RIGGS, Frederick Charles, VC MM - Sergeant 20695, 6th (Service) Battalion, York and Lancaster Regiment. Killed in action near Epinoy 1st October 1918. Age 29. Born Springbourne, Bournemouth 28th July 1888, enlisted Bournemouth 1914. Adopted son of Elizabeth Burgum, of 39, Capstone Rd., Bournemouth. He was adopted by Mrs Burgum when he was about five years old. He went to Malmesbury Park School. After leaving school, he went to work for Pickfords, the furniture removals company. In September 1914 he joined the 15th Hussars and was promoted in France, during 1915, to the rank of Sergeant in the 6th Battalion, York and Lancaster Regiment. Sergeant Riggs was posted to Gallipoli and then to Egypt, before being returned to France. He was badly wounded during the Battle of the Somme and was sent home to England, winning the Military Medal. Later he returned to France. He was also awarded the 1914-15 Star, the British War Medal and the Victory Medal. Posthumously awarded the Victoria Cross for Conspicuous bravery and resisting with his men to the last. Formerly 26526, The Hussars. Commemorated on VIS-EN-ARTOIS MEMORIAL, Pas de Calais, France.

At Epinoy, on the 1st October 1918, he found himself leading his men after the death of his platoon officer. He took them through uncut barbed wire while under heavy fire and, despite losing many of his men, continued his advance. He captured a machine gun post and using two captured machine guns caused the surrender of fifty enemy soldiers.

Later, with the enemy attacking in force, he was shot and killed. He was 30 years old. For his "most conspicuous bravery and self-sacrifice", he was posthumously awarded the Victoria Cross. His medals now lies in the York and Lancaster Regimental Museum in Pontefract. He is also commemorated by the Riggs Gardens in Wallisdown and by a bronze plaque in the school hall at Malmesbury Park School.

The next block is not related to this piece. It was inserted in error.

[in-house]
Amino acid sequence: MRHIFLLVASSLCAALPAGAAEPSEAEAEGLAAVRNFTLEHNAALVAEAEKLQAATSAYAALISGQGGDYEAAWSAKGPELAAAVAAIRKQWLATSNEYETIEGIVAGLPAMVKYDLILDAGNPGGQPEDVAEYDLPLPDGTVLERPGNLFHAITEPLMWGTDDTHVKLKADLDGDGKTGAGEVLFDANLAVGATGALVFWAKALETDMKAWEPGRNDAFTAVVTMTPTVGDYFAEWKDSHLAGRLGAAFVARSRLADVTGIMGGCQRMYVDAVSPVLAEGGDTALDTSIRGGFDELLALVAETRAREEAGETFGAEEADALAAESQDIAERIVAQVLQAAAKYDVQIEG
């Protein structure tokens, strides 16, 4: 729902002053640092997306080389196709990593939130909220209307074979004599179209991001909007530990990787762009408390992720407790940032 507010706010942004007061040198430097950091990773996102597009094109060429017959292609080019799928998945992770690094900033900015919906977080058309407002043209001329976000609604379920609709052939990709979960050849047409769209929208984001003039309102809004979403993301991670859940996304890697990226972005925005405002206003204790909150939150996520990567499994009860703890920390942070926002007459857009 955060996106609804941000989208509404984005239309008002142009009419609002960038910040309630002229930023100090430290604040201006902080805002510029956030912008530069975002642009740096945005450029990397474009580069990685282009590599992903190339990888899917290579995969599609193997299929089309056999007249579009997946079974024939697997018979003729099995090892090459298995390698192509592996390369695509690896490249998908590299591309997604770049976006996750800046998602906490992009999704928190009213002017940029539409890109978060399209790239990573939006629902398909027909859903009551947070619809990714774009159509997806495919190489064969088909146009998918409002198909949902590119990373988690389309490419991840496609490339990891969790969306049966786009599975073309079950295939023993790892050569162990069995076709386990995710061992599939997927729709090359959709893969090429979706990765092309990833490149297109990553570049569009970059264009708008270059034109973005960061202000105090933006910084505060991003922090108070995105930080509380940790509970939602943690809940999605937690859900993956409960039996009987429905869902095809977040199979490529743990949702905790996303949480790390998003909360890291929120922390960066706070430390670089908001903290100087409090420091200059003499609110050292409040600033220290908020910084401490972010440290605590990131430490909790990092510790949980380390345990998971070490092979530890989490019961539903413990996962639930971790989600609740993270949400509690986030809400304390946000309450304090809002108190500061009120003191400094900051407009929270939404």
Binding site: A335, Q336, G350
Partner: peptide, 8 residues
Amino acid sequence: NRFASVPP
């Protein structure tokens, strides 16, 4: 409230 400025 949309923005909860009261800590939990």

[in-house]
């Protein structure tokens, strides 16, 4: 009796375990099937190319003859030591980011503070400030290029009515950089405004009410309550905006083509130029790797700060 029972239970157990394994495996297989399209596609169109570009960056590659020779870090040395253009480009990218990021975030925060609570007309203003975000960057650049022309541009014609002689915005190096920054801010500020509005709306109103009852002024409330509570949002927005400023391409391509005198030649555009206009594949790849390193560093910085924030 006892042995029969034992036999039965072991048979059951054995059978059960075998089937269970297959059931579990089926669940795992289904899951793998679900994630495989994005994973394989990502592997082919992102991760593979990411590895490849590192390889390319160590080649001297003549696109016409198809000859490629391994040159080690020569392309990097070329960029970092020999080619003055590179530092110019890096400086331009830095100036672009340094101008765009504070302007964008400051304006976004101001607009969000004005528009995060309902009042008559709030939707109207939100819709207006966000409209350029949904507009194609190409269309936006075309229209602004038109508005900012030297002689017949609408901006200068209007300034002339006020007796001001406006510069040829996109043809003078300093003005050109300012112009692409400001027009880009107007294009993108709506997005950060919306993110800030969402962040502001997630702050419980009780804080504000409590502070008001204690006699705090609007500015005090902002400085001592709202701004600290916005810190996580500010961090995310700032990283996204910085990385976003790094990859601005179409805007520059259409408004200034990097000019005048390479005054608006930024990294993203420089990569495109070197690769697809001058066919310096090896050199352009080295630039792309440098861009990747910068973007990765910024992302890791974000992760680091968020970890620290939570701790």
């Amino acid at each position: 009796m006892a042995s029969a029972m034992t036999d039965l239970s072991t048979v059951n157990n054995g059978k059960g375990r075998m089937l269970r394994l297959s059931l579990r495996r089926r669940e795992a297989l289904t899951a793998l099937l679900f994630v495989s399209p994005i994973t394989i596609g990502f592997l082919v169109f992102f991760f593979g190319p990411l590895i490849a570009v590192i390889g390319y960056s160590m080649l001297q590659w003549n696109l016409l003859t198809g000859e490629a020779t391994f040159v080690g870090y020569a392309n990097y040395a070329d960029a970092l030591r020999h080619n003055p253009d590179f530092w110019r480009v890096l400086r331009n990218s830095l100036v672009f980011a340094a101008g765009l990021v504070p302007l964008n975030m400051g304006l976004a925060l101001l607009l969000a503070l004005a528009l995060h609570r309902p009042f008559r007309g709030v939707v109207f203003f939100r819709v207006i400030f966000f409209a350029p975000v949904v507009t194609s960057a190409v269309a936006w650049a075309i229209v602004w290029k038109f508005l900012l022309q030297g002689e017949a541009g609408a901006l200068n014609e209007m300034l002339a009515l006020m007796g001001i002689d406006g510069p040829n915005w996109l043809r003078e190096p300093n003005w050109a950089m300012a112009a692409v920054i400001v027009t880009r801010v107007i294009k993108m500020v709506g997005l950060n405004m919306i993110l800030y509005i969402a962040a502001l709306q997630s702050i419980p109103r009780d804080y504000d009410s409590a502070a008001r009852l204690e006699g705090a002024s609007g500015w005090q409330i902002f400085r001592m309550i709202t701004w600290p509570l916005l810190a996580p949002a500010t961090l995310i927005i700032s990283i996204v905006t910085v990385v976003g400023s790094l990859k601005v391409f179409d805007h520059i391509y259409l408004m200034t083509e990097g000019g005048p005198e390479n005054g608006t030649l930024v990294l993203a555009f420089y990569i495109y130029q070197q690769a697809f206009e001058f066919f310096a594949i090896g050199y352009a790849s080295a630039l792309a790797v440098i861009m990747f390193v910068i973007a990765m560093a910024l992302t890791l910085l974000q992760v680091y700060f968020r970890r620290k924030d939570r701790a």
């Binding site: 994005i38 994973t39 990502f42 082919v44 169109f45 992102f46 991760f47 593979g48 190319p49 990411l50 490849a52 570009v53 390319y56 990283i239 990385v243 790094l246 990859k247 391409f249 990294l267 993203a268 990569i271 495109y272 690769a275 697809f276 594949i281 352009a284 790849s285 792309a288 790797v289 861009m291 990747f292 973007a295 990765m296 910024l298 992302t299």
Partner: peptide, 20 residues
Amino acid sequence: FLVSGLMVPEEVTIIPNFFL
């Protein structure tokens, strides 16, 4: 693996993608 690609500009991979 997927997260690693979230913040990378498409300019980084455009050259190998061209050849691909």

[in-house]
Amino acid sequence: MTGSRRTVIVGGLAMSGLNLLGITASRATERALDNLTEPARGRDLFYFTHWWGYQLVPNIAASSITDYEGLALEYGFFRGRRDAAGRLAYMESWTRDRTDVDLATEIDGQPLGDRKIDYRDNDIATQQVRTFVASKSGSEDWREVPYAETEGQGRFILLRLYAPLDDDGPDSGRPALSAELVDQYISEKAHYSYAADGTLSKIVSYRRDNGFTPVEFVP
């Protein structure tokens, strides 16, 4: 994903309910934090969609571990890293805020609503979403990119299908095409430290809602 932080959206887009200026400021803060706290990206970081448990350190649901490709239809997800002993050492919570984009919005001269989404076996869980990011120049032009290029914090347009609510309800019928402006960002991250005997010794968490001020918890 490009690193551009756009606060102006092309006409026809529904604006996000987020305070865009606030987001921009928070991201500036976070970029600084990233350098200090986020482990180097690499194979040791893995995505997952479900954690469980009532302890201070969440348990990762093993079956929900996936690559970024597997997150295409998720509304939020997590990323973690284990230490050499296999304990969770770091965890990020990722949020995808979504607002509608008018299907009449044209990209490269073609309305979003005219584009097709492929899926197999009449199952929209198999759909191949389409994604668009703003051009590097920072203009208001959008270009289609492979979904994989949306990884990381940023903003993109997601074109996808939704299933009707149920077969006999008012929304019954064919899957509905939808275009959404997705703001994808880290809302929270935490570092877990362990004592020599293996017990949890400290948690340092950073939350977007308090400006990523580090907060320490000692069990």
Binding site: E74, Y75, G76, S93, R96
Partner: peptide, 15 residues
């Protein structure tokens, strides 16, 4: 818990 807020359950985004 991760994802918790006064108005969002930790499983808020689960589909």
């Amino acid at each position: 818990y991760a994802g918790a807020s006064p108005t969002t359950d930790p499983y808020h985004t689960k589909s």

NOBLE, Cecil Reginald, VC - [Listed as Lance Corporal] Corporal, 3697, "C" Company, 2nd Battalion, Rifle Brigade (The Prince Consort's Own). Fatally wounded at Neuve Chappele 12th March 1915. Age 23. Born 1891, 175 Capstone Road, Bournemouth. Enlisted Bournemouth 1910. Resident Bournemouth. Son of Hannah Noble, of "Ferndean," 172, Capstone Rd., Bournemouth, and the late Frederick Leopold Noble. Posthumously awarded the Victoria Cross for conspicuous bravery in clearing barbed wire under severe fire allowing his battalion to advance. Buried in LONGUENESSE (ST. OMER) SOUVENIR CEMETERY, Pas de Calais, France. Grave I. A. 57.

An extract from the Supplement to the London Gazette of 27th April, 1915 (No. 29146) records the award of the V.C. to this N.C.O. and to C.S.M. H. Daniels "For most conspicuous bravery on 12th March, 1915, at Neuve Chapelle, when their battalion was impeded in the advance to attack by wire entanglements, and subjected to a very severe machine-gun fire, these two men voluntarily rushed in front and succeeded in cutting the wires."

Links

F C RIGGS - Chapter One Victoria Cross Reference Site

 

Links

C R NOBLE- Chapter One Victoria Cross Reference Site

Bournemouth St Clements memorial

Last updated 17 November, 2007